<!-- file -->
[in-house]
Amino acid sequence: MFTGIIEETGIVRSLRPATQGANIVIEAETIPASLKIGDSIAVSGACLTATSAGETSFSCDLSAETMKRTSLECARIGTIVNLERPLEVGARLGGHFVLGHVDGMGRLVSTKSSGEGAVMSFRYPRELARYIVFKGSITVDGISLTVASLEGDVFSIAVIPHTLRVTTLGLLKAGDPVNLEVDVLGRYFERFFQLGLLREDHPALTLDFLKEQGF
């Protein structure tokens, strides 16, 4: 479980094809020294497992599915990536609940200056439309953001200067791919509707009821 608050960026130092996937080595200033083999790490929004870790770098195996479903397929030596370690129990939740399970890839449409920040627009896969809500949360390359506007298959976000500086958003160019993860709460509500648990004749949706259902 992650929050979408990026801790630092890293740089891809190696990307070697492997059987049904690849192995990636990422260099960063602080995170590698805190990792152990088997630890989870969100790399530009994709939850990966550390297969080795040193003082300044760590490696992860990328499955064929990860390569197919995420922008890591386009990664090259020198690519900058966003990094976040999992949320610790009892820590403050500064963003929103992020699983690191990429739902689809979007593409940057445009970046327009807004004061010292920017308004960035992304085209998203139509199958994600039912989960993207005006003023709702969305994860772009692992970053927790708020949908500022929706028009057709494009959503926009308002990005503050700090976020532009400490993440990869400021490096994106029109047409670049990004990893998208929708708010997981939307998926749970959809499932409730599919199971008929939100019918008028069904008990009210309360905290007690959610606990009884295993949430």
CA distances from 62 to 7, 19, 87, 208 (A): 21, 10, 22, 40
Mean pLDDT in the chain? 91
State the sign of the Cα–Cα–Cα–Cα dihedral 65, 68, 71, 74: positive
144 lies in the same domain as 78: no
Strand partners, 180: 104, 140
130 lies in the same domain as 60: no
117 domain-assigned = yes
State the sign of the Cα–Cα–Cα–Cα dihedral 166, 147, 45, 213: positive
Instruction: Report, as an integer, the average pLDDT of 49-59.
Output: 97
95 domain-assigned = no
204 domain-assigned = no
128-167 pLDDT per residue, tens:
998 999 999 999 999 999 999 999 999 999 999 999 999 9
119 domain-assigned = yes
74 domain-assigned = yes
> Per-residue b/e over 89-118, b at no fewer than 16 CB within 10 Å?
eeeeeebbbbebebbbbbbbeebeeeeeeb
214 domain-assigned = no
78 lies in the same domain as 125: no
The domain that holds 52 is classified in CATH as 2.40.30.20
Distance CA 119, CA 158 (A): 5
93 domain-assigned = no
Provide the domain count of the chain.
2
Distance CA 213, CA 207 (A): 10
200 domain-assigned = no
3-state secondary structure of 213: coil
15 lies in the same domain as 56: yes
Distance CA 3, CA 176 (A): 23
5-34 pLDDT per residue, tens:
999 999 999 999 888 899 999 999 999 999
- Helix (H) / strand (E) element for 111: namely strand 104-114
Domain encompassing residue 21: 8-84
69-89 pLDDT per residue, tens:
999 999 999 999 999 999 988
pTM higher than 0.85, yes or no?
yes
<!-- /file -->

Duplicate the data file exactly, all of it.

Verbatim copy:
[in-house]
Amino acid sequence: MFTGIIEETGIVRSLRPATQGANIVIEAETIPASLKIGDSIAVSGACLTATSAGETSFSCDLSAETMKRTSLECARIGTIVNLERPLEVGARLGGHFVLGHVDGMGRLVSTKSSGEGAVMSFRYPRELARYIVFKGSITVDGISLTVASLEGDVFSIAVIPHTLRVTTLGLLKAGDPVNLEVDVLGRYFERFFQLGLLREDHPALTLDFLKEQGF
């Protein structure tokens, strides 16, 4: 479980094809020294497992599915990536609940200056439309953001200067791919509707009821 608050960026130092996937080595200033083999790490929004870790770098195996479903397929030596370690129990939740399970890839449409920040627009896969809500949360390359506007298959976000500086958003160019993860709460509500648990004749949706259902 992650929050979408990026801790630092890293740089891809190696990307070697492997059987049904690849192995990636990422260099960063602080995170590698805190990792152990088997630890989870969100790399530009994709939850990966550390297969080795040193003082300044760590490696992860990328499955064929990860390569197919995420922008890591386009990664090259020198690519900058966003990094976040999992949320610790009892820590403050500064963003929103992020699983690191990429739902689809979007593409940057445009970046327009807004004061010292920017308004960035992304085209998203139509199958994600039912989960993207005006003023709702969305994860772009692992970053927790708020949908500022929706028009057709494009959503926009308002990005503050700090976020532009400490993440990869400021490096994106029109047409670049990004990893998208929708708010997981939307998926749970959809499932409730599919199971008929939100019918008028069904008990009210309360905290007690959610606990009884295993949430």
CA distances from 62 to 7, 19, 87, 208 (A): 21, 10, 22, 40
Mean pLDDT in the chain? 91
State the sign of the Cα–Cα–Cα–Cα dihedral 65, 68, 71, 74: positive
144 lies in the same domain as 78: no
Strand partners, 180: 104, 140
130 lies in the same domain as 60: no
117 domain-assigned = yes
State the sign of the Cα–Cα–Cα–Cα dihedral 166, 147, 45, 213: positive
Instruction: Report, as an integer, the average pLDDT of 49-59.
Output: 97
95 domain-assigned = no
204 domain-assigned = no
128-167 pLDDT per residue, tens:
998 999 999 999 999 999 999 999 999 999 999 999 999 9
119 domain-assigned = yes
74 domain-assigned = yes
> Per-residue b/e over 89-118, b at no fewer than 16 CB within 10 Å?
eeeeeebbbbebebbbbbbbeebeeeeeeb
214 domain-assigned = no
78 lies in the same domain as 125: no
The domain that holds 52 is classified in CATH as 2.40.30.20
Distance CA 119, CA 158 (A): 5
93 domain-assigned = no
Provide the domain count of the chain.
2
Distance CA 213, CA 207 (A): 10
200 domain-assigned = no
3-state secondary structure of 213: coil
15 lies in the same domain as 56: yes
Distance CA 3, CA 176 (A): 23
5-34 pLDDT per residue, tens:
999 999 999 999 888 899 999 999 999 999
- Helix (H) / strand (E) element for 111: namely strand 104-114
Domain encompassing residue 21: 8-84
69-89 pLDDT per residue, tens:
999 999 999 999 999 999 988
pTM higher than 0.85, yes or no?
yes